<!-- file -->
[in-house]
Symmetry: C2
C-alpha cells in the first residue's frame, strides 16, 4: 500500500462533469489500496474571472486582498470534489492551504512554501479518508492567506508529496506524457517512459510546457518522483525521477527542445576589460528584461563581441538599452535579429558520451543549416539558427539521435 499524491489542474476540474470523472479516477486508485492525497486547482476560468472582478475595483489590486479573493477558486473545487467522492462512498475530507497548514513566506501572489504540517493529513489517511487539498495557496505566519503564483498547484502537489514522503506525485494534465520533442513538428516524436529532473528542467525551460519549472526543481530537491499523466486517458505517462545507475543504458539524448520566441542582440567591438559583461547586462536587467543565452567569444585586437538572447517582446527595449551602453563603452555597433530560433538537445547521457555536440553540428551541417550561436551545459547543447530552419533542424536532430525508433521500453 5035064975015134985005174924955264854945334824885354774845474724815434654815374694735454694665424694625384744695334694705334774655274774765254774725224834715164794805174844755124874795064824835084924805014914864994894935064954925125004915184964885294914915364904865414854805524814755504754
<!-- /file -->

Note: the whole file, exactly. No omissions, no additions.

[in-house]
Symmetry: C2
C-alpha cells in the first residue's frame, strides 16, 4: 500500500462533469489500496474571472486582498470534489492551504512554501479518508492567506508529496506524457517512459510546457518522483525521477527542445576589460528584461563581441538599452535579429558520451543549416539558427539521435 499524491489542474476540474470523472479516477486508485492525497486547482476560468472582478475595483489590486479573493477558486473545487467522492462512498475530507497548514513566506501572489504540517493529513489517511487539498495557496505566519503564483498547484502537489514522503506525485494534465520533442513538428516524436529532473528542467525551460519549472526543481530537491499523466486517458505517462545507475543504458539524448520566441542582440567591438559583461547586462536587467543565452567569444585586437538572447517582446527595449551602453563603452555597433530560433538537445547521457555536440553540428551541417550561436551545459547543447530552419533542424536532430525508433521500453 5035064975015134985005174924955264854945334824885354774845474724815434654815374694735454694665424694625384744695334694705334774655274774765254774725224834715164794805174844755124874795064824835084924805014914864994894935064954925125004915184964885294914915364904865414854805524814755504754